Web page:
The Minister of State for Finance, Pankaj Chaudhary, affirmed on Tuesday that the federal government has made no selections relating to the introduction of plastic foreign money notes.
Responding to inquiries within the Rajya Sabha, Chaudhary emphasised that ongoing efforts to bolster the sturdiness and counterfeit resilience of Indian banknotes stay a high precedence for the authorities.
In a written assertion, Chaudhary referenced the Reserve Financial institution of India’s (RBI) Annual Report for 2022-23, highlighting that vital expenditures, amounting to Rs 4,682.80 crore, have been allotted for safety printing throughout that interval. Notably, he clarified that no bills have been incurred for the manufacturing of plastic notes.
“The federal government has made no definitive plans to introduce plastic foreign money notes beneath the purview of Part 25 of the Reserve Financial institution of India Act, 1934. The endeavor to bolster the robustness and counterfeit deterrence of Indian banknotes is an ongoing endeavor,” reiterated the minister.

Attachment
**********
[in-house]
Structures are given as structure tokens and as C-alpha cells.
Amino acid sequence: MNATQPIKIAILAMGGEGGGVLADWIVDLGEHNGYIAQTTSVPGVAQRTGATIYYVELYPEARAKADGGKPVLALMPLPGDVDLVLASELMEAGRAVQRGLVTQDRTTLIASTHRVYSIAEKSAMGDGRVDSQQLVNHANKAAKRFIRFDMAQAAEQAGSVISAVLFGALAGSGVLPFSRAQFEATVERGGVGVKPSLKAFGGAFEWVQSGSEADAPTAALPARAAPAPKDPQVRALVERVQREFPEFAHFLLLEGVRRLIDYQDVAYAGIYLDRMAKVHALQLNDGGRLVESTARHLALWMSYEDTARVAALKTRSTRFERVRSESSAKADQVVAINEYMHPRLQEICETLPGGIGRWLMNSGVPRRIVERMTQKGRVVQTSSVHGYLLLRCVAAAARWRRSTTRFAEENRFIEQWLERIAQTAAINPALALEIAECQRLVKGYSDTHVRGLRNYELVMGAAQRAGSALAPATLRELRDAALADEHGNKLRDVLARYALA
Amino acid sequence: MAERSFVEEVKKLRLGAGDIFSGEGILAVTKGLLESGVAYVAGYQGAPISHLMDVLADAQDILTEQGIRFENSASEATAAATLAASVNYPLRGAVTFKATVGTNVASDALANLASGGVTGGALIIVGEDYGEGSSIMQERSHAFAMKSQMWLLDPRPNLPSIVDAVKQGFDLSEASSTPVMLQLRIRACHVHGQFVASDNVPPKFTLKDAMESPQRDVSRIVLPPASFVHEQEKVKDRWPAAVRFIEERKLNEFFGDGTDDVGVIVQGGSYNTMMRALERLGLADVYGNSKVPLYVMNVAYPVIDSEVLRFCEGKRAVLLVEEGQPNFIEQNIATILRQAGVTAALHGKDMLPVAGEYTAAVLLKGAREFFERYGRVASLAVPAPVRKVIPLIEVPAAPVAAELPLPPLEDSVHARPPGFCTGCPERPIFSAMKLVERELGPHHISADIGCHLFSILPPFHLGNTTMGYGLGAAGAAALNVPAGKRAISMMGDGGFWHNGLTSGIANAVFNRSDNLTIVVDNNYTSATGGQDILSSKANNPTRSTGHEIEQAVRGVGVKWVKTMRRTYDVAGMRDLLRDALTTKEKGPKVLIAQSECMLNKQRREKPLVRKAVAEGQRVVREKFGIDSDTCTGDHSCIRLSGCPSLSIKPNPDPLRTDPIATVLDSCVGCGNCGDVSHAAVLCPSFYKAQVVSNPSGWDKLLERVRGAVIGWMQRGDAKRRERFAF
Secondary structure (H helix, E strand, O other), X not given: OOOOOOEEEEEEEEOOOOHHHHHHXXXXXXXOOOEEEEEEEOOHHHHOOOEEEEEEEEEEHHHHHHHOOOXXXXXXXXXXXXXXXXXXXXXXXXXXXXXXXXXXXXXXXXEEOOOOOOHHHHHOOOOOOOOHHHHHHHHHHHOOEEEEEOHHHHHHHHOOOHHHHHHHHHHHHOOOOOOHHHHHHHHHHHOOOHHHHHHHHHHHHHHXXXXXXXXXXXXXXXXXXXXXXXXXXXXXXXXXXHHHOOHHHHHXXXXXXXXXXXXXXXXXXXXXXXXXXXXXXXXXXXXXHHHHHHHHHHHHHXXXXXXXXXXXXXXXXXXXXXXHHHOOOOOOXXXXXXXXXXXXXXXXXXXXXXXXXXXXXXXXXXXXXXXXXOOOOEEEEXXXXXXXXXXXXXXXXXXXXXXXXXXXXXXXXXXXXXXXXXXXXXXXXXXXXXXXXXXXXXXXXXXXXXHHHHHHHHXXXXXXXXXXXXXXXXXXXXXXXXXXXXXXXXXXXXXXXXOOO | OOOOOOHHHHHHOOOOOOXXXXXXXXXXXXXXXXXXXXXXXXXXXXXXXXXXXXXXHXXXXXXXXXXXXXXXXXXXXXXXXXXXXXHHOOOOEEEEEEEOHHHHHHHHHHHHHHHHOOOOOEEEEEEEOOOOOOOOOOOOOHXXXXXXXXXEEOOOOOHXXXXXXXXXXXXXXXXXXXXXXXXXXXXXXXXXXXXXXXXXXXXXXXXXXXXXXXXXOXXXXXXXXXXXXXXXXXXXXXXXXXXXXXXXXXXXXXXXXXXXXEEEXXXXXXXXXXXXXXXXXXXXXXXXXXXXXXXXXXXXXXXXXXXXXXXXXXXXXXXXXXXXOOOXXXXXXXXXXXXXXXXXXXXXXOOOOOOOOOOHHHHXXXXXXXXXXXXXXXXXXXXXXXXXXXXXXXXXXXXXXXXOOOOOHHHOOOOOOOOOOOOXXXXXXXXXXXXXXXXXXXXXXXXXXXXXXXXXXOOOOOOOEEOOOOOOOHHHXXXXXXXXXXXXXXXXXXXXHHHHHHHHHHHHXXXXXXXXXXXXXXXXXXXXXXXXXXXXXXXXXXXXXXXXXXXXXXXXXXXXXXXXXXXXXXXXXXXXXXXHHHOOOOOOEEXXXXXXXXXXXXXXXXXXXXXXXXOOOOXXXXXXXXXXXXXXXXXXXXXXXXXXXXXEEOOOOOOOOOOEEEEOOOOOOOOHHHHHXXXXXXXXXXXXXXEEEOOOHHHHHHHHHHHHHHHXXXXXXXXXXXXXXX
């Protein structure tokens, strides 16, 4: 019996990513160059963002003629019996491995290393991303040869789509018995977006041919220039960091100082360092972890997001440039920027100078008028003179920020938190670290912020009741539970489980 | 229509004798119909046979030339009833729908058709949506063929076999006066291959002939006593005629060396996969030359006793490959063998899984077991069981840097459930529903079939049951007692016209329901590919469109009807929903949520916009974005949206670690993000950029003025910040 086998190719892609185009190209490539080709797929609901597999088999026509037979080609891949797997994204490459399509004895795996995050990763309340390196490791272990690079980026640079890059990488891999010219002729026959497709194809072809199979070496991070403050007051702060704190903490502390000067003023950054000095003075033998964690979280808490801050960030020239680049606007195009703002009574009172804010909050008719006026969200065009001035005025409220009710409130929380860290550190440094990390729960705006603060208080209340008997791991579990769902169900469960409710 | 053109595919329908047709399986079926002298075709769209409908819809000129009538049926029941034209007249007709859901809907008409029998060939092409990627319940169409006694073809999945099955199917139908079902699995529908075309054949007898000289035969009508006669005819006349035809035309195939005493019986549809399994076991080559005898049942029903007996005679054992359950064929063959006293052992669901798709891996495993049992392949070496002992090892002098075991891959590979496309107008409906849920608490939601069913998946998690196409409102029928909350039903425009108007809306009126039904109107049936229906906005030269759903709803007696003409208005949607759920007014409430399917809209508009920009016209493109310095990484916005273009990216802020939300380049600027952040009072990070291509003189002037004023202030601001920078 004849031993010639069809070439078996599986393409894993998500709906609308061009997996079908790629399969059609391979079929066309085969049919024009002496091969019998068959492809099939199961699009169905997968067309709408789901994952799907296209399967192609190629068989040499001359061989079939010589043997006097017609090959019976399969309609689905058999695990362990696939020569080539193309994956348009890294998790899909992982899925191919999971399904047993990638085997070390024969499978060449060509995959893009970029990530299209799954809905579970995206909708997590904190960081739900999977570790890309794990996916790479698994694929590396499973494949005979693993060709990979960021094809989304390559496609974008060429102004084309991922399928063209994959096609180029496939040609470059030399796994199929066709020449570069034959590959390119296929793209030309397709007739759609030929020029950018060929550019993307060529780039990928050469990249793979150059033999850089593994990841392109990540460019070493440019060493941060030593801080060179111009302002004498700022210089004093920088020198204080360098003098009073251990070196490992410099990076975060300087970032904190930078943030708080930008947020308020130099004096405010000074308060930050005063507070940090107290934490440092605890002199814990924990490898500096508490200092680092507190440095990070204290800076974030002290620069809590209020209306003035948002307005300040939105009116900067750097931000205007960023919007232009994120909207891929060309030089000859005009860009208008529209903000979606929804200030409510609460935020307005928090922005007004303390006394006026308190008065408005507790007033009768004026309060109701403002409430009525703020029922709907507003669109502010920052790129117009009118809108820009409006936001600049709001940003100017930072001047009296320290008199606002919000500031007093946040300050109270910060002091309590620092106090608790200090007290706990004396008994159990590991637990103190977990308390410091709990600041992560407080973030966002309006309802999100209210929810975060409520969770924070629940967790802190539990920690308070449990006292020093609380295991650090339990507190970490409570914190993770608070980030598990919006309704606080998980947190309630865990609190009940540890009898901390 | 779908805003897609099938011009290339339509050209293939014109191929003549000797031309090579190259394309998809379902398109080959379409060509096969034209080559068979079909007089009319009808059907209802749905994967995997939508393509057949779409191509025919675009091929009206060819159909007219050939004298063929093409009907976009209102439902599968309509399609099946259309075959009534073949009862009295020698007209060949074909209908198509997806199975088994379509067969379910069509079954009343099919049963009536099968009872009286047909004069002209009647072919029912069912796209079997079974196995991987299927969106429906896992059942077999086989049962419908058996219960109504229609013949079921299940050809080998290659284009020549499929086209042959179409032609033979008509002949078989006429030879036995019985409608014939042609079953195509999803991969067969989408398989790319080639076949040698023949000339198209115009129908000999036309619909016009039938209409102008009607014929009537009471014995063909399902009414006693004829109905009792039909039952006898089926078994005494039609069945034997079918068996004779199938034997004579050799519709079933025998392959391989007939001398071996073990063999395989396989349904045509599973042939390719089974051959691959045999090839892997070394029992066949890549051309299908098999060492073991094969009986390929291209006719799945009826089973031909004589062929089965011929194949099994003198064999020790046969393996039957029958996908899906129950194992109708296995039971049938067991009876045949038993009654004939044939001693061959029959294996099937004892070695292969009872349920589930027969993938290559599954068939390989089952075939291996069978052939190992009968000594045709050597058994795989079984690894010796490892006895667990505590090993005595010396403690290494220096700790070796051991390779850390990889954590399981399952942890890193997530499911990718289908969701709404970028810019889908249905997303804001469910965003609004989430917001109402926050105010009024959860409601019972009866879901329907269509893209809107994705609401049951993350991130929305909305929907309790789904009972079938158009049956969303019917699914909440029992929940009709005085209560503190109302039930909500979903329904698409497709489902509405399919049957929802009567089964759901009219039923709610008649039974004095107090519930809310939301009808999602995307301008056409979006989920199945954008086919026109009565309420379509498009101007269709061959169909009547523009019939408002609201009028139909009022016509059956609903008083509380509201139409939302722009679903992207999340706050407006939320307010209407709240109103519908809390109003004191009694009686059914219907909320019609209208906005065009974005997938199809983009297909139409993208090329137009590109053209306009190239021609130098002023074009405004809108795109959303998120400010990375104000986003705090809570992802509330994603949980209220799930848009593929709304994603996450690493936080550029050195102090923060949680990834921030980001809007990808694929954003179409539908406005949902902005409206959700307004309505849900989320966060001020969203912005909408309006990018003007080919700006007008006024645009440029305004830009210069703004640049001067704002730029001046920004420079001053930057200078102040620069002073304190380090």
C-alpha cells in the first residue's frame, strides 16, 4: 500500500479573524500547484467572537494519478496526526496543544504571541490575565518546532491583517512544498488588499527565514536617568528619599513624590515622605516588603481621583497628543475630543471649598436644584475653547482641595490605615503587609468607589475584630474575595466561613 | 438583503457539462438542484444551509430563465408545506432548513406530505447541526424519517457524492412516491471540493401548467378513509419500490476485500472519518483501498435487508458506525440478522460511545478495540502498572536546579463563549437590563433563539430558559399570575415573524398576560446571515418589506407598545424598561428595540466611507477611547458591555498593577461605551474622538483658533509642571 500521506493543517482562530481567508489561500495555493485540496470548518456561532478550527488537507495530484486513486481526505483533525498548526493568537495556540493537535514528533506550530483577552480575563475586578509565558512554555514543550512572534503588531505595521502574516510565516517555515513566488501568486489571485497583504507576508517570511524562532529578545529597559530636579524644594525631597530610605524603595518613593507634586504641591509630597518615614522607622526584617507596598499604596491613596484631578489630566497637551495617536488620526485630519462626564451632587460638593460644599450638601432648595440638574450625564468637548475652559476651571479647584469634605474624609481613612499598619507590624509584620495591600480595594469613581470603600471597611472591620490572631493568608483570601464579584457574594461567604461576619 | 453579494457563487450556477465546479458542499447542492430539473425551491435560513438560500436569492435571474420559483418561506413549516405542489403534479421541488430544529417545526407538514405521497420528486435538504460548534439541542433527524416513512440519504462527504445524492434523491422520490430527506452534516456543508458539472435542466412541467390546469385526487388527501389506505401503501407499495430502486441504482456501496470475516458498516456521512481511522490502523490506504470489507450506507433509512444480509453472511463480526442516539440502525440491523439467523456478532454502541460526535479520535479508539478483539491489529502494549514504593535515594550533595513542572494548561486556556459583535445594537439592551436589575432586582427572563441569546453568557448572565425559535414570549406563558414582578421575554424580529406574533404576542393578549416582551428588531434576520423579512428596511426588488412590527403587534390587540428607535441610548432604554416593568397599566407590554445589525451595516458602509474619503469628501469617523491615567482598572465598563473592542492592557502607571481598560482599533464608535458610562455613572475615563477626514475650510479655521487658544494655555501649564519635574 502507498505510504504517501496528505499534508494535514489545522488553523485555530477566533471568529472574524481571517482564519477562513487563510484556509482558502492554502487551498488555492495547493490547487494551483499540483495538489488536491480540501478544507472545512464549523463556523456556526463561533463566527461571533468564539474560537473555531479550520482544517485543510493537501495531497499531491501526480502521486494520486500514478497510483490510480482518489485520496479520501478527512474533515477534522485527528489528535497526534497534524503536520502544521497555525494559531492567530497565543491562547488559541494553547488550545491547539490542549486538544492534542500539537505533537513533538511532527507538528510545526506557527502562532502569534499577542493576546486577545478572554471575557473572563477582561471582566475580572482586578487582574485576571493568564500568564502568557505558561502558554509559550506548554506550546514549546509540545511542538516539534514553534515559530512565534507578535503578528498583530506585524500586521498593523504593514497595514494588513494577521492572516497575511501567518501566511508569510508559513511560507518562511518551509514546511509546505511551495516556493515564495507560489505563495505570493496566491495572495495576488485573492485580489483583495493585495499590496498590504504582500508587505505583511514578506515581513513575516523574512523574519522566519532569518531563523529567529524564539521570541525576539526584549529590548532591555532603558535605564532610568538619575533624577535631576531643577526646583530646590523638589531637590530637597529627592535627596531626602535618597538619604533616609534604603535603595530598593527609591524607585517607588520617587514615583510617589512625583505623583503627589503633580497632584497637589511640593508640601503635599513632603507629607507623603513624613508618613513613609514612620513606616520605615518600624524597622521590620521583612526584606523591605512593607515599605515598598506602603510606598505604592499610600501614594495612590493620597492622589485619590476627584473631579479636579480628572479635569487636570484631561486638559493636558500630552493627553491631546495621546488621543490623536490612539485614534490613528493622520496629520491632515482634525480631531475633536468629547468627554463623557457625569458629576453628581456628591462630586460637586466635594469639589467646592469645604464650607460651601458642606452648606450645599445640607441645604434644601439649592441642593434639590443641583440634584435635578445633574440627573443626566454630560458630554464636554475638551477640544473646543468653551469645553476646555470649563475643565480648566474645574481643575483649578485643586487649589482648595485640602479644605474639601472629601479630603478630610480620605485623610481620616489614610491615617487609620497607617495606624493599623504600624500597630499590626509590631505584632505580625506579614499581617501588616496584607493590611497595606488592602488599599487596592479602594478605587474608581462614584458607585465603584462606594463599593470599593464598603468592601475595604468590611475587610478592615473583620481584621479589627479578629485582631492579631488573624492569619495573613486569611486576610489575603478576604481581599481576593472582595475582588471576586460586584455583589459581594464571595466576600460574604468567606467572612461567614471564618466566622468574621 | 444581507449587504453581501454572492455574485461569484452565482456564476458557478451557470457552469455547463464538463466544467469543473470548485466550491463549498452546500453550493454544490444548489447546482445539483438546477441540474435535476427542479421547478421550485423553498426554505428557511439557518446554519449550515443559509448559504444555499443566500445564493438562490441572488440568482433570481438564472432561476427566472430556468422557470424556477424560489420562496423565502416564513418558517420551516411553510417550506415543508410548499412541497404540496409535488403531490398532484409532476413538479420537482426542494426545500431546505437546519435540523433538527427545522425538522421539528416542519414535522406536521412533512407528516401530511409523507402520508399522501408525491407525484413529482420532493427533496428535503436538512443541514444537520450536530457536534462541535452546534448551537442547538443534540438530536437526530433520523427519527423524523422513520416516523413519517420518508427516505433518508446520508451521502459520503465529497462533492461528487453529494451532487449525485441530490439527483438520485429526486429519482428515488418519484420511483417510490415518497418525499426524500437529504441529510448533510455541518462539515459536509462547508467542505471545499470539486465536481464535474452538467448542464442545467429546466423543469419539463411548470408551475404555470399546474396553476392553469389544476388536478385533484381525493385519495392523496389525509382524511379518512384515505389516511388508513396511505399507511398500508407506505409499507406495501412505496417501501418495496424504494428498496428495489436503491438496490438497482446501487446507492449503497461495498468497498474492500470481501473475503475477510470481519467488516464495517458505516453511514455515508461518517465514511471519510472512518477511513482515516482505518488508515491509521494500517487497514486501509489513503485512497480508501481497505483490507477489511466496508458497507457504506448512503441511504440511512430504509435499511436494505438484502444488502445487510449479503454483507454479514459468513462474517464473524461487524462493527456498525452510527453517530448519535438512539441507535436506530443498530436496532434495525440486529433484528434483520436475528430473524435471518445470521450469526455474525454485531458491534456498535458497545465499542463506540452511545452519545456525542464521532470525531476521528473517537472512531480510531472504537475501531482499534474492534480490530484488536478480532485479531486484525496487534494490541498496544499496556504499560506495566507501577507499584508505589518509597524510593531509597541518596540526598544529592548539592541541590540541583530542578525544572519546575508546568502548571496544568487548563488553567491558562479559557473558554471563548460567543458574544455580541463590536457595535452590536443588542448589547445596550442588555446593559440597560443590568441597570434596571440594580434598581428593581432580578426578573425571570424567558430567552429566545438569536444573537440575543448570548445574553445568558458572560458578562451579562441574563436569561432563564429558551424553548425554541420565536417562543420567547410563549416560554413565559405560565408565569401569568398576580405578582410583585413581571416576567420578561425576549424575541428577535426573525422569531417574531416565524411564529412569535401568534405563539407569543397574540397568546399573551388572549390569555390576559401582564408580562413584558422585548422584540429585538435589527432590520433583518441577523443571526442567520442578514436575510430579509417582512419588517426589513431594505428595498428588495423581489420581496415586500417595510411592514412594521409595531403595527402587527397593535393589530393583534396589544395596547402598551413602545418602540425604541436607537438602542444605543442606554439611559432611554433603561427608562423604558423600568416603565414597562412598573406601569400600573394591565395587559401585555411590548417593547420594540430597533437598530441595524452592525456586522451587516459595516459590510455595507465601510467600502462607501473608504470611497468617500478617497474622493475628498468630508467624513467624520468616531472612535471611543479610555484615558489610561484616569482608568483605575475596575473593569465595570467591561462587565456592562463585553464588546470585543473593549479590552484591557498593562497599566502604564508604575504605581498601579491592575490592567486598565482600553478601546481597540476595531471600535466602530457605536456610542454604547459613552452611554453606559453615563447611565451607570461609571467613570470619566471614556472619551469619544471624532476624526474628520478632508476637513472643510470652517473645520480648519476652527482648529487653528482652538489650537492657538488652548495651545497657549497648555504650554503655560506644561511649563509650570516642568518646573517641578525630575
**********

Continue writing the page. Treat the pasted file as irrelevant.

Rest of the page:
In addressing a separate question, Chaudhary underscored the federal government’s stance on the illicit commerce of commodities utilizing varied property, together with cryptocurrencies. Such actions, he affirmed, are deemed felony offenses and are topic to stringent authorized repercussions.
Chaudhary additional elaborated on the regulatory framework in place to fight cash laundering and the financing of terrorism, notably in relation to cryptocurrency transactions. He highlighted the Anti-Cash Laundering (AML) and Counter Financing of Terrorism (CFT) provisions beneath the Prevention of Cash Laundering Act (PMLA), which serve to penalize illicit monetary actions, together with these involving crypto property.
The federal government’s assertion relating to the absence of plans for plastic foreign money notes displays its ongoing dedication to making sure the integrity and safety of the nation’s foreign money. In the meantime, its vigilance in addressing unlawful monetary transactions, together with these facilitated by cryptocurrencies, underscores the evolving regulatory panorama surrounding digital property.